Along the furrow and through the litter the young fox nosed his way, ready to pounce upon the first mouse which darted out.
Planting holes are thus dug in the furrow with the stakes as a center.
A bullet had gone over it, leaving a furrow in the flesh, where the blood welled up slowly.
There's the varnish, too, like earth on each side of a furrow.
I watch'd him sleep by the furrow—The first that fell in the fight.
In a furrow the two found a knapsack, and in it biscuit and jerked beef.
Step by step the hard fact sunk into it, and furrow after furrow marked the progress.
When we left the plow in the furrow to follow the bugle's call.
As soon as the Horses reached the end of the furrow and could rest a minute, they tossed their heads and whinnied with delight.
"Follow my furrow, then it will be easier for you," said he.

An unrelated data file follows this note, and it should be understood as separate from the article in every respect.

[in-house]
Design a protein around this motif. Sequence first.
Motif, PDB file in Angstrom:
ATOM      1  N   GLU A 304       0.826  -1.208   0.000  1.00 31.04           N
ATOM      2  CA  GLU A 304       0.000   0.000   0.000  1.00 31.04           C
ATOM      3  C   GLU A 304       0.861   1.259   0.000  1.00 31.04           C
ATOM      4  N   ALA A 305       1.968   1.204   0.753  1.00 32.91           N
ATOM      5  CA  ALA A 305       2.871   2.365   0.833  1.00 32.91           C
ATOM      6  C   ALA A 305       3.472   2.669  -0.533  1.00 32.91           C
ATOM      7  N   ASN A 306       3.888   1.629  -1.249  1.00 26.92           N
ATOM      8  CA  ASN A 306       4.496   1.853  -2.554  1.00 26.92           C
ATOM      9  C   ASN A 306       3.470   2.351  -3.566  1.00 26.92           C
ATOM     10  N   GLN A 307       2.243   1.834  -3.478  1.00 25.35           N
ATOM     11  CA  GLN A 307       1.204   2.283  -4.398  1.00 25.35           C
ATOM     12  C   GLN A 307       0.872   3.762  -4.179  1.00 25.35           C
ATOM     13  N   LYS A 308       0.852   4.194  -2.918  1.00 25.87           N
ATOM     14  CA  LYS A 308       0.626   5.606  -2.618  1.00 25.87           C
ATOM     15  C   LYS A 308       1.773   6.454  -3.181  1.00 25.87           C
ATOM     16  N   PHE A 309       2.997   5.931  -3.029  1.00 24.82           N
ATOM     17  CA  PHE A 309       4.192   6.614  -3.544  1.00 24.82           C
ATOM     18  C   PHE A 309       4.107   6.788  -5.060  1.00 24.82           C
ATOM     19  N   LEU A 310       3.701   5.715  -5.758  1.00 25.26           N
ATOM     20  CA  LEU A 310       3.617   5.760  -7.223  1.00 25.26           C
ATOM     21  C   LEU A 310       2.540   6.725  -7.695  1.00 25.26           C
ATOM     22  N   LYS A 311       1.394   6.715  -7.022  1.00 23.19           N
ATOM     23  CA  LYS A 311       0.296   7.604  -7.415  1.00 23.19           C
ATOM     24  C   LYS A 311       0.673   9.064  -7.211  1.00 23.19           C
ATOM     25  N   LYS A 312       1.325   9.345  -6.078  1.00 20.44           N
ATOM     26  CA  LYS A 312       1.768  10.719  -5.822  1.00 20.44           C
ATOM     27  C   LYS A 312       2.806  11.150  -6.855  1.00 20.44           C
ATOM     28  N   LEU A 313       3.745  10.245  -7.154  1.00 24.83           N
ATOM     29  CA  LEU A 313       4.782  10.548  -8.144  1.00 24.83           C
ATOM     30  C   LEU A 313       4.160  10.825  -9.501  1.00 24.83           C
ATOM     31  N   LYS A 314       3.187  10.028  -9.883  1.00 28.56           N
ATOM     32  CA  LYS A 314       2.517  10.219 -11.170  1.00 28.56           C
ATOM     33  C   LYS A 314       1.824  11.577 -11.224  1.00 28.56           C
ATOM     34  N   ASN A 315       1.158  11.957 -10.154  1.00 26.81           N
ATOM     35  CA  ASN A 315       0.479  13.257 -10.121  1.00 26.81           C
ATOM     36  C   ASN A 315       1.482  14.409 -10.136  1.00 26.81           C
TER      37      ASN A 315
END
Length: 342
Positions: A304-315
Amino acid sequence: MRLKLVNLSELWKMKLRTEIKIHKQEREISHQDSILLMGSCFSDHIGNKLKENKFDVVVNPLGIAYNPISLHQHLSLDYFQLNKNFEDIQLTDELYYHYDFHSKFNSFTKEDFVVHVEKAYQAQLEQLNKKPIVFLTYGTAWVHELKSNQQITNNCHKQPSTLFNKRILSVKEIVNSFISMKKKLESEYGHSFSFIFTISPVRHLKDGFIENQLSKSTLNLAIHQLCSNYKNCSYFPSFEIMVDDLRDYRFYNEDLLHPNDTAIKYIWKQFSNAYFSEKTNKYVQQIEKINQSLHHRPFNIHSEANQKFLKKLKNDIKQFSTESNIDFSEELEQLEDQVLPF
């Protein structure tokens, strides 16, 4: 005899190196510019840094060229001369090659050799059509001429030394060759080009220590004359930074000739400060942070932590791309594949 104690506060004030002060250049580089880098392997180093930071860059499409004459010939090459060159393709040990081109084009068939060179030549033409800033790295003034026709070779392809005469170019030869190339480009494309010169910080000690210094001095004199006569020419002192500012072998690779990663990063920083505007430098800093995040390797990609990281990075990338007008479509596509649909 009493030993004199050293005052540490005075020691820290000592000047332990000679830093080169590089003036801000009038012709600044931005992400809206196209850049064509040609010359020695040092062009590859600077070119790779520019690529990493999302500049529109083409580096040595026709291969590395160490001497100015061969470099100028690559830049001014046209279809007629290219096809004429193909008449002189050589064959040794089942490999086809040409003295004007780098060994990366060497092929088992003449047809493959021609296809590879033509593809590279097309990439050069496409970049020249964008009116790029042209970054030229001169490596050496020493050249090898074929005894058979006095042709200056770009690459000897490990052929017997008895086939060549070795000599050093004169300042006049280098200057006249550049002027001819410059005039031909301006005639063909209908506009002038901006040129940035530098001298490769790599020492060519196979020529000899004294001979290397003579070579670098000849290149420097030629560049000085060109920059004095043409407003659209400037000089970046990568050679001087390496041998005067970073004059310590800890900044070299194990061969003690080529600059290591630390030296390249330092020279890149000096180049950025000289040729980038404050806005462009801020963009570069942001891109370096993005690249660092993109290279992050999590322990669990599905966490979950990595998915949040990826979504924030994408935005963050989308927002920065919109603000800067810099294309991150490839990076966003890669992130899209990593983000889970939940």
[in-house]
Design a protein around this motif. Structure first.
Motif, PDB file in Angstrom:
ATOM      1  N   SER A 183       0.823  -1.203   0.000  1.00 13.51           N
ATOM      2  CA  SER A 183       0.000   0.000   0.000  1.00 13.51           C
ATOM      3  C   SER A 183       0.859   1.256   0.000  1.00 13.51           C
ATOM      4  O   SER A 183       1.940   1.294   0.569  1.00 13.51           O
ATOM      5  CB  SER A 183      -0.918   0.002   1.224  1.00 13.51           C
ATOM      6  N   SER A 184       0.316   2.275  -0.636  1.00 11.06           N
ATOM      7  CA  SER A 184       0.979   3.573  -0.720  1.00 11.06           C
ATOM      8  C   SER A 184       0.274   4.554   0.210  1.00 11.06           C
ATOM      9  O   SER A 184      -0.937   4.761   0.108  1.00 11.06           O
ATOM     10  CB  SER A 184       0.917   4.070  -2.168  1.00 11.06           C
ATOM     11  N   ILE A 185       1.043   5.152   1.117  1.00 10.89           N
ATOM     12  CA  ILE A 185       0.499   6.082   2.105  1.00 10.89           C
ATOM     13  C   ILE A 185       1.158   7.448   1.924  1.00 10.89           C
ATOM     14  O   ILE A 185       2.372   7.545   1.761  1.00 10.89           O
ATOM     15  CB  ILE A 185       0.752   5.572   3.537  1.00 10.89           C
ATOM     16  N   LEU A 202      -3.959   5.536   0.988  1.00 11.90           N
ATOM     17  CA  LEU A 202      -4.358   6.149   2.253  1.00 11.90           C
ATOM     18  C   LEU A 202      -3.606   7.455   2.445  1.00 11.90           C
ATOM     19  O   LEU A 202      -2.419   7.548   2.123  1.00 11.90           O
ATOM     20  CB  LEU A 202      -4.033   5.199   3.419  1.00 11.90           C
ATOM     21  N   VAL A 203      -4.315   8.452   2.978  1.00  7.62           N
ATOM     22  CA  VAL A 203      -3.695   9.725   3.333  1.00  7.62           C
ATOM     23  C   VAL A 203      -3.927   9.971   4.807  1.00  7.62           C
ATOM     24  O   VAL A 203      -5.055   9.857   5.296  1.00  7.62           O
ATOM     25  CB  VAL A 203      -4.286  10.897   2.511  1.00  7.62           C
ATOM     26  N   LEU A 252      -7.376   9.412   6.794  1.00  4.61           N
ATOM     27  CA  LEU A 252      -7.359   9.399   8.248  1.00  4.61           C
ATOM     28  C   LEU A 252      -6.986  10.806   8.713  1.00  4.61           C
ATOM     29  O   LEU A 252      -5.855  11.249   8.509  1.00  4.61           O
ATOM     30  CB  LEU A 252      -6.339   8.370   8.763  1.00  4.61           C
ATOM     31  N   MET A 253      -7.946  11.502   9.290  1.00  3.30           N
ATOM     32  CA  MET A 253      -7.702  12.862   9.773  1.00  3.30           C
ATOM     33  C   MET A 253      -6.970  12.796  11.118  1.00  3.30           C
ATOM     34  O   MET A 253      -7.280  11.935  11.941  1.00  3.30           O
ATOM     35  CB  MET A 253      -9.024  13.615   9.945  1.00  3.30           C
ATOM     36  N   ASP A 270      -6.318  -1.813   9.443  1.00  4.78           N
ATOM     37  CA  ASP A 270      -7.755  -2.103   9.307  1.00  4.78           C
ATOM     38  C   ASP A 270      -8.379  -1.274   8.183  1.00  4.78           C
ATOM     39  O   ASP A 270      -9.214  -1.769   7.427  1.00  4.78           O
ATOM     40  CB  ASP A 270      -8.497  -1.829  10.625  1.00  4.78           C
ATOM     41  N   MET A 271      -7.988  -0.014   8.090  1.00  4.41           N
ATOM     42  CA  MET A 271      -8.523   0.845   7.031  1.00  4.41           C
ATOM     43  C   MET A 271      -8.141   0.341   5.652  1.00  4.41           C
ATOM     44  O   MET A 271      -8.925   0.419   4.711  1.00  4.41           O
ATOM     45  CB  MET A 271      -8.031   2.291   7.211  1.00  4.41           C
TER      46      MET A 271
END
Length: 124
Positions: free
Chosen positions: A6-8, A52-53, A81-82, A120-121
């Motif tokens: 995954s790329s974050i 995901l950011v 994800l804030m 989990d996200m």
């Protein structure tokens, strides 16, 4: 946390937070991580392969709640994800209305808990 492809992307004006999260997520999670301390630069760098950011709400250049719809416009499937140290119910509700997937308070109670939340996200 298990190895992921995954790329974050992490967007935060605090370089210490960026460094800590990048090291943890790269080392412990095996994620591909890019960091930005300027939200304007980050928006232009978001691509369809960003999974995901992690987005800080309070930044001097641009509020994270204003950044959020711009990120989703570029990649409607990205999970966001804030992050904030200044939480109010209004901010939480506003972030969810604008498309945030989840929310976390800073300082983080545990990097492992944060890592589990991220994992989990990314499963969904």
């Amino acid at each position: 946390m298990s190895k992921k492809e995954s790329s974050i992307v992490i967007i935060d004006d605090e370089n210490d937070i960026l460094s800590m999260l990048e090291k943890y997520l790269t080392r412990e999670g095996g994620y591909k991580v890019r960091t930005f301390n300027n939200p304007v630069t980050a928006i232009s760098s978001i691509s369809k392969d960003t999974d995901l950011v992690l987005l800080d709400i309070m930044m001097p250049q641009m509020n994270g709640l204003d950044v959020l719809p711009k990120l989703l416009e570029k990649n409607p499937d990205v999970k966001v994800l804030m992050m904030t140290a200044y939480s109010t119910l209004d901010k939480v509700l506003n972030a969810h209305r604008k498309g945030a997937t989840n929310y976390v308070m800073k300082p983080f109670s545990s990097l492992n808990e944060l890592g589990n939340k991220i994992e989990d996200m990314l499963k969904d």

Old English furh "furrow, trench," from Proto-Germanic *furkh- (cf. Old Frisian furch "furrow;" Middle Dutch vore, Dutch voor; German Furche "furrow;" Old Norse for "furrow, drainage ditch"), from PIE *perk- (cf. Latin porca "ridge between two furrows," Old Irish -rech, Welsh rhych "furrow"). "Some scholars connect this word with Latin porcus, Eng. FARROW, assigning to the common root the sense 'to root like a swine.' " [OED]
early 15c., "to plow," from furrow (n.). Meaning "to make wrinkles in one's face, brow, etc." is from 1590s. Related: Furrowed; furrowing.
furrow fur·row (fûr'ō, fŭr'ō)
A rut, groove, or narrow depression.
A deep wrinkle in the skin, as on the forehead.
an opening in the ground made by the plough (Ps. 65:10; Hos. 10:4, 10).